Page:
Deported from Kuwait, a Bangladesh returnee faces multiple problems at home amid the pandemic
Bangladeshi expatriate Mohammad Sohag arrived in Dhaka early on Wednesday. Though he had his wife and children at a rented apartment in Mirpur, the Bangladeshi returnee now has no place to stay.
The landlord categorically told Sohag's wife that her husband will not be allowed in the apartment because he might end up contaminating others.
The migrant hailing from Noakhali district spent the rest of the night roaming around the streets, and then rested in a mosque after the Fazr prayers.
Mohammad Sohag is one of the 12 who testified against Laxmipur lawmaker Mohammad Shahid Islam aka Kazi Papul, who is in police custody in Kuwait on multiple charges including money laundering and human trafficking.
After a week-long police detention in the middle-eastern country, the 12 Bangladeshi people were deported home early on Wednesday.
"The landlord padlocked the main gate of the building with an extra lock as he heard that I am returning," said Sohag who returned home after a horrifying two years.
He added that he and his wife talked to each other at the entrance of the building without seeing each other. "They [the owner of the house] heard us talking there. But the landlord was strict on his decision."
I was completely exhausted after the long journey and being in police custody prior to that, I could barely stand on my feet, said the youth.
In the morning he contacted his relatives in Noakhali who even asked Sohag not to come to his village. However, they later changed their mind and the expatriate left Dhaka for his village home.
"You see how unfortunate we are. How all treatment at home felt like jumping out of the frying pan into the fire," he sounded upset.
To reach the oil-rich-Gulf country, Sohag sold almost everything he had — the piece of ancestral land and home on it. With eyes full of hope, he brought his wife and children to the rented apartment in the capital so that the offspring could avail better schooling.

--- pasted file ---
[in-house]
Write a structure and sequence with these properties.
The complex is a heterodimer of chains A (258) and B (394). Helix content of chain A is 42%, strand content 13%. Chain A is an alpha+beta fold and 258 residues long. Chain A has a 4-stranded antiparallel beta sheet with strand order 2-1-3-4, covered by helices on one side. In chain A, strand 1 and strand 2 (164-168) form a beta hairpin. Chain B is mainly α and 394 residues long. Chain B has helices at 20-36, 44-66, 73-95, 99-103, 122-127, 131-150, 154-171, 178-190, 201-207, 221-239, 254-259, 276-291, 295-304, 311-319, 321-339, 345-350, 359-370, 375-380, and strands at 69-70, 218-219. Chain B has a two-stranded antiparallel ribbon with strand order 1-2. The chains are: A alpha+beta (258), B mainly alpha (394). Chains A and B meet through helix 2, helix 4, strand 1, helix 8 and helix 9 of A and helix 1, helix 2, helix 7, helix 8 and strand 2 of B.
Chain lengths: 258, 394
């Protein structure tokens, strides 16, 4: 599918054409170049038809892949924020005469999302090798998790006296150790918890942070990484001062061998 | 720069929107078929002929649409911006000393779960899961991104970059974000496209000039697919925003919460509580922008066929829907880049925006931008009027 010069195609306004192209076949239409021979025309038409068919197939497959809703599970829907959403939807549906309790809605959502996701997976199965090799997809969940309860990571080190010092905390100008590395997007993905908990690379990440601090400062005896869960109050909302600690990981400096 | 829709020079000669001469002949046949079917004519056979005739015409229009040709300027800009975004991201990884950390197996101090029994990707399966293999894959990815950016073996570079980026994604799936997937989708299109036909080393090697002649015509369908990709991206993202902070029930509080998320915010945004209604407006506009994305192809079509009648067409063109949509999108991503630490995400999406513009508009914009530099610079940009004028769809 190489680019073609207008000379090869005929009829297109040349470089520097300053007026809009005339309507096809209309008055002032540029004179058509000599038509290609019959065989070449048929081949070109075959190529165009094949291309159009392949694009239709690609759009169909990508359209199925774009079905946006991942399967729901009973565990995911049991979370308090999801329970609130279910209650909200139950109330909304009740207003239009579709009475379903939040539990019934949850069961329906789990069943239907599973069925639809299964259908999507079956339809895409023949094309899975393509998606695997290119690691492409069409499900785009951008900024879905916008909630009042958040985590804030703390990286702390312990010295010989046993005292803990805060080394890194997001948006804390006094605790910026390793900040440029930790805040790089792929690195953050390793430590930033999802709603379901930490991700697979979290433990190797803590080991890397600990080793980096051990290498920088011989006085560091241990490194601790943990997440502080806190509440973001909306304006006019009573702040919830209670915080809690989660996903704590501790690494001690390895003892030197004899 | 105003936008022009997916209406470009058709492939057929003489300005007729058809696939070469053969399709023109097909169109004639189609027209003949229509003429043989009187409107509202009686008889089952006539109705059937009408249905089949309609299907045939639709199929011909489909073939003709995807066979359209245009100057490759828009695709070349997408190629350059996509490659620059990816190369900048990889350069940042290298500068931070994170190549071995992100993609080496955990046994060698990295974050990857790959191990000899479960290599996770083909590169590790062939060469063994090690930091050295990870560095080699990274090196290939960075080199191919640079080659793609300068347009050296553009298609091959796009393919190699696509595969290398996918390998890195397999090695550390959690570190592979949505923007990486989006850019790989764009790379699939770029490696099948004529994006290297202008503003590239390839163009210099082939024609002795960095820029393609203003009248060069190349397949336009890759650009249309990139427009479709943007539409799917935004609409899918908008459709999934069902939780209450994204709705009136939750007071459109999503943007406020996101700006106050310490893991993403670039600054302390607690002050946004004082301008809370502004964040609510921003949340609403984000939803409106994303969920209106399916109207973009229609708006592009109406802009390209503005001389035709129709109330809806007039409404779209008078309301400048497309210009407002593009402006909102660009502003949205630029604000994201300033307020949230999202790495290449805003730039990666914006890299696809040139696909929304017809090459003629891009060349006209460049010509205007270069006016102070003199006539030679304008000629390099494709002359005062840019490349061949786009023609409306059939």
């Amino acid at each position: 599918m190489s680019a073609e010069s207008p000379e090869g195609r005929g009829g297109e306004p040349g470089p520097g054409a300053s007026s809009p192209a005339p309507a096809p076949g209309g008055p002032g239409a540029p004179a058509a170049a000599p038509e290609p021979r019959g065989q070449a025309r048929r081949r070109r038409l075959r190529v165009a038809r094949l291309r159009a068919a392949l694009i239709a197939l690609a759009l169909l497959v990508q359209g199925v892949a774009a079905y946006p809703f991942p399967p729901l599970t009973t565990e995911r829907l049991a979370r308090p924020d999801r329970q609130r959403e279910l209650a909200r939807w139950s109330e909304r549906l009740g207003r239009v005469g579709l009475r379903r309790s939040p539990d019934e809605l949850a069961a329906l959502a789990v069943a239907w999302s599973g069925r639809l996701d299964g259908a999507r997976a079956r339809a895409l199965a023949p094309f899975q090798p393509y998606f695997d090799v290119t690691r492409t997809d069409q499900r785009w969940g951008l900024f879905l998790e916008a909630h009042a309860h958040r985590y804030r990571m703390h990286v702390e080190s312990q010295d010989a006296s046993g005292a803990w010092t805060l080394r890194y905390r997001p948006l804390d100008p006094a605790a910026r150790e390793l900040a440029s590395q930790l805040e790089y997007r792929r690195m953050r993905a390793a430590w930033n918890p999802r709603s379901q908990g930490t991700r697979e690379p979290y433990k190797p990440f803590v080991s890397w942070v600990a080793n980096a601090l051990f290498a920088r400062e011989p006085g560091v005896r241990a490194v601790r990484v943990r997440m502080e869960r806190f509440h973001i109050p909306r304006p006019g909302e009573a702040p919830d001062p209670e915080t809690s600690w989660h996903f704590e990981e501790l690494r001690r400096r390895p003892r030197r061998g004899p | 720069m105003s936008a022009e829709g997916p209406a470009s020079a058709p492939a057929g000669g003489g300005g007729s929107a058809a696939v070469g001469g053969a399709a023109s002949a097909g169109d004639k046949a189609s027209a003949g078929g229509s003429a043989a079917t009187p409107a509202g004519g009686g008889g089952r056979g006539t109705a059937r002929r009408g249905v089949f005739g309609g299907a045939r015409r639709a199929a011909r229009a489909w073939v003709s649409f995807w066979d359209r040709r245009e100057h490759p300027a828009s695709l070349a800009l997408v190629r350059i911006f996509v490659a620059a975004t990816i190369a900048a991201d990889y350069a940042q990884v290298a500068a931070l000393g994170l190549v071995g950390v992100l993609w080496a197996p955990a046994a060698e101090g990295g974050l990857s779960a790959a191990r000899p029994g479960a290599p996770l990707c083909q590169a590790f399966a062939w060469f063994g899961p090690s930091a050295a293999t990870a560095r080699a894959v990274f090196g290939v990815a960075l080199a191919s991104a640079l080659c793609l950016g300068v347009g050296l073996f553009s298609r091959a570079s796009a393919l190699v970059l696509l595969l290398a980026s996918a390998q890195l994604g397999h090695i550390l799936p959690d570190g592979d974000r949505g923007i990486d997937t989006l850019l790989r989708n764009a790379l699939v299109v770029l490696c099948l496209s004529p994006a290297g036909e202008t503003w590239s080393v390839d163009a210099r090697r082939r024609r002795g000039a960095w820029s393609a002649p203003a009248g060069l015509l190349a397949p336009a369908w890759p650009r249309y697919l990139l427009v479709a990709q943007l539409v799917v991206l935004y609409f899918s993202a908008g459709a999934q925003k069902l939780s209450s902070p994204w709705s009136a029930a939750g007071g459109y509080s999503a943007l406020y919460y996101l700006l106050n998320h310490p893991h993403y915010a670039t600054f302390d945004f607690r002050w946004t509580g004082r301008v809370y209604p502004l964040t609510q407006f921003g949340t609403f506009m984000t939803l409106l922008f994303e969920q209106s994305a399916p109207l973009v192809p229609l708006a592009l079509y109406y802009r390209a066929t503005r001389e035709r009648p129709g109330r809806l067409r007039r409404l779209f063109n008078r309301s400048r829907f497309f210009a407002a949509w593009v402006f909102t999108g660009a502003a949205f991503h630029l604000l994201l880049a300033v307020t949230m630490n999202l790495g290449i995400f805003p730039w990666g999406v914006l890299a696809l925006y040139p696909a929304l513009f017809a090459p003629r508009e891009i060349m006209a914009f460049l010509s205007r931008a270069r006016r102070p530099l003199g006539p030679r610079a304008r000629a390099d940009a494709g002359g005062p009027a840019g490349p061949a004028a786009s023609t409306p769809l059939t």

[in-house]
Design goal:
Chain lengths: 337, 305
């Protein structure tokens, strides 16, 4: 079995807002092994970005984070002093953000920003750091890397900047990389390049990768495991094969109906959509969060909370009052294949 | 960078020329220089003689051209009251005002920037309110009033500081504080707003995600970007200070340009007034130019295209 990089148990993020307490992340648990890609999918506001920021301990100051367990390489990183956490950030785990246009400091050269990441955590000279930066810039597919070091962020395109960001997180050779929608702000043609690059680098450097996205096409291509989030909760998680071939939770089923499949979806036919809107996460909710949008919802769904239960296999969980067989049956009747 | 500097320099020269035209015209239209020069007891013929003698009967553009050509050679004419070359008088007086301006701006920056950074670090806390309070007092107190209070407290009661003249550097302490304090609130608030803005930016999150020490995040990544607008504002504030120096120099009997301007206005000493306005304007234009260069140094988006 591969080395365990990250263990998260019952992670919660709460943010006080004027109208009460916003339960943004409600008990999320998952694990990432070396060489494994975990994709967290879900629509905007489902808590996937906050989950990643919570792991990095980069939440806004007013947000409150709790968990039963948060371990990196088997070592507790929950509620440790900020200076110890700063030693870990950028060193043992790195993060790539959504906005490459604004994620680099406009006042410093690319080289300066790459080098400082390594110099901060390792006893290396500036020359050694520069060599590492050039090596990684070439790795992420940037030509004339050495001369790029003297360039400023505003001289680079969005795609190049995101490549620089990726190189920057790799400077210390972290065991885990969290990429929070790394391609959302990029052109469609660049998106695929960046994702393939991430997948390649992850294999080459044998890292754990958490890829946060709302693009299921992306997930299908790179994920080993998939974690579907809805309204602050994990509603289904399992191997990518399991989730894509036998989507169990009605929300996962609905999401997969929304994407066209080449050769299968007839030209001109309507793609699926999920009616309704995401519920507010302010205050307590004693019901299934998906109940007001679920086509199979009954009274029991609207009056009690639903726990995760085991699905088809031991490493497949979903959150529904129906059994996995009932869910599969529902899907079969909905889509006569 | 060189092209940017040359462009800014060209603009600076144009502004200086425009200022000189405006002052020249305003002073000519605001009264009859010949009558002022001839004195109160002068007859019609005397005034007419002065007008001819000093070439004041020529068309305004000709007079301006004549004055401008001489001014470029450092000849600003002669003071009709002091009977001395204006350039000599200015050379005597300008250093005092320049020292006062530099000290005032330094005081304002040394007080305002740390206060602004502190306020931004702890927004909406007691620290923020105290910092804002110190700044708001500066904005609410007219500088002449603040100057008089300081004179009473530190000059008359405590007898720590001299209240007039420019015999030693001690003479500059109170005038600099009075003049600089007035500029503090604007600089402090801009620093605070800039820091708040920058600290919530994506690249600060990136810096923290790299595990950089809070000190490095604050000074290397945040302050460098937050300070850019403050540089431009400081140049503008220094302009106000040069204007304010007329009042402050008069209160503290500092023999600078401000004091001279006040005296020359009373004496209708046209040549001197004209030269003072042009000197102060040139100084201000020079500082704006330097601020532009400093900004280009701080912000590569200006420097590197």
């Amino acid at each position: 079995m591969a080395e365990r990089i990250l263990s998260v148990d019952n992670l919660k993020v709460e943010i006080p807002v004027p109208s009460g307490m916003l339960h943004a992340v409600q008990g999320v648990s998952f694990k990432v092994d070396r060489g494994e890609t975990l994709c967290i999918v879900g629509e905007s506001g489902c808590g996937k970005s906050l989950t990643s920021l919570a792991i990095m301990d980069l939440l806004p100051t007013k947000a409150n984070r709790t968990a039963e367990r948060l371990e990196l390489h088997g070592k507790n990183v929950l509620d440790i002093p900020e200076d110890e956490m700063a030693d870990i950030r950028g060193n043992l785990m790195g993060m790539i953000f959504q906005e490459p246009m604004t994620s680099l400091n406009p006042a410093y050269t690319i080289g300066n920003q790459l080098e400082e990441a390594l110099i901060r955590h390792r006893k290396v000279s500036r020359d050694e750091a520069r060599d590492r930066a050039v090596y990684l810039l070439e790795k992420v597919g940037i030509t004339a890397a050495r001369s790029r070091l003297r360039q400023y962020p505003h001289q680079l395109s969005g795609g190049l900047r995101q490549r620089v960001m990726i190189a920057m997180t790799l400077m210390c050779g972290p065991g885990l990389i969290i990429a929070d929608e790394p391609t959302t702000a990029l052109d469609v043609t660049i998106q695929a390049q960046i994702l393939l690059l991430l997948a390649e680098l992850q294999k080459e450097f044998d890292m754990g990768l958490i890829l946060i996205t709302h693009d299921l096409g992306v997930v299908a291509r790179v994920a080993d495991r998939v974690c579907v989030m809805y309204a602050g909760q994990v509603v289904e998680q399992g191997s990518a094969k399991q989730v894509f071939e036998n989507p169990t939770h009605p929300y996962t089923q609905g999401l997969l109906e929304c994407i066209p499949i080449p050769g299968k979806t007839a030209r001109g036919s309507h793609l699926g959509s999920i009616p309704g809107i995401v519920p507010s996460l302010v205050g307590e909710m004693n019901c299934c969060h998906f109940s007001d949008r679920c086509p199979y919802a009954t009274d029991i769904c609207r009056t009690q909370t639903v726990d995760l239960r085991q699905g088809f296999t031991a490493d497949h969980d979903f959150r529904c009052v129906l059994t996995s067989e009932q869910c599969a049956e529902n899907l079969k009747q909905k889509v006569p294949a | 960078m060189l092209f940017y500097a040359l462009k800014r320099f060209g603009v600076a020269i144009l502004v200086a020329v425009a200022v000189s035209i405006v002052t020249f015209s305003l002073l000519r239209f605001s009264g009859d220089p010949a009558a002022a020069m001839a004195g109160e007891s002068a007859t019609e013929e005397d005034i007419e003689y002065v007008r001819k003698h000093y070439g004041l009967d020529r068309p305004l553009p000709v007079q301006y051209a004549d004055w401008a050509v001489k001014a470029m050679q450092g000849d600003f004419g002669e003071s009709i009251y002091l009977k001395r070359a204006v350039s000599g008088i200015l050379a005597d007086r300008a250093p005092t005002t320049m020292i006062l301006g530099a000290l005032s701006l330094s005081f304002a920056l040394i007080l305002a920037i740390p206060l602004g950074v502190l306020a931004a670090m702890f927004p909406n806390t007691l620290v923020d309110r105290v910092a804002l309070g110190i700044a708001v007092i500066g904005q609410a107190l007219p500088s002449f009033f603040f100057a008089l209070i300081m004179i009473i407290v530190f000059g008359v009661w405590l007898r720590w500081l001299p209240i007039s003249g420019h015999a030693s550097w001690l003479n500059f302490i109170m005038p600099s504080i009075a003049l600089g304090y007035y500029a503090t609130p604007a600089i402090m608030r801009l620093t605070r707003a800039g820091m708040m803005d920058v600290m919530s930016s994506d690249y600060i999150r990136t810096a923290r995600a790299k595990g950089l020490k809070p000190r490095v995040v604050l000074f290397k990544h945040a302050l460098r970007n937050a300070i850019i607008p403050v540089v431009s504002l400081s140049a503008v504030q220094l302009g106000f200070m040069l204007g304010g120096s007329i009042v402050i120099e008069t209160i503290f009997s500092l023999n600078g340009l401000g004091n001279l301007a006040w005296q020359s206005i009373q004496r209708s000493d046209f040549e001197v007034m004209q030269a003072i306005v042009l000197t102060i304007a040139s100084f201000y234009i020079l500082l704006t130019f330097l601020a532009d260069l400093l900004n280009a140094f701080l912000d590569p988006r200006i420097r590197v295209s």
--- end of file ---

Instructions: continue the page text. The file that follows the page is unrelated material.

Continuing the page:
The hope was short-lived as he found himself in total difficulty after reaching Kuwait. He would get half the wage he was promised, and had to work for 16 to 17 hours per day.
Sohag said the wage was equivariant to Tk20,000, and it was difficult to save anything from it to support the family in Dhaka. The situation could only be compared to punishment in the hereafter.
His wife Taniha said, "We need minimum Tk22,000 per month. My son's school requires Tk5,000 a month."
"I alone spent Tk9 lakh for sending him abroad — sold everything at his village home. We now have nothing left," said the wife. She said her house rent was due for the last couple of months.
Sohag said he gave Tk7 lakh to Monir, an assistant of Mohammad Shahid Islam, to go to Kuwait. They were promised daily 12-hour work and around Tk40,000 salary per month.
He added,"But I had to work 17 hours a day and used to earn 90 Kuwaiti Dinar [1 dinar = Tk275.99]. Even from the tinny income, Papul's men took 4 Dinar every day."
"They will torture you if you do not pay. Nobody dared to speak out. They took us to a desert during the pandemic. Later the country's law enforcers held us from there."
"The things that happened to me abroad were beyond my wildest imagination. I tolerated the torture as I had no other option, and tried to make my living. But nothing worked and I do not know how I will support my family in the coming days," Sohag concluded.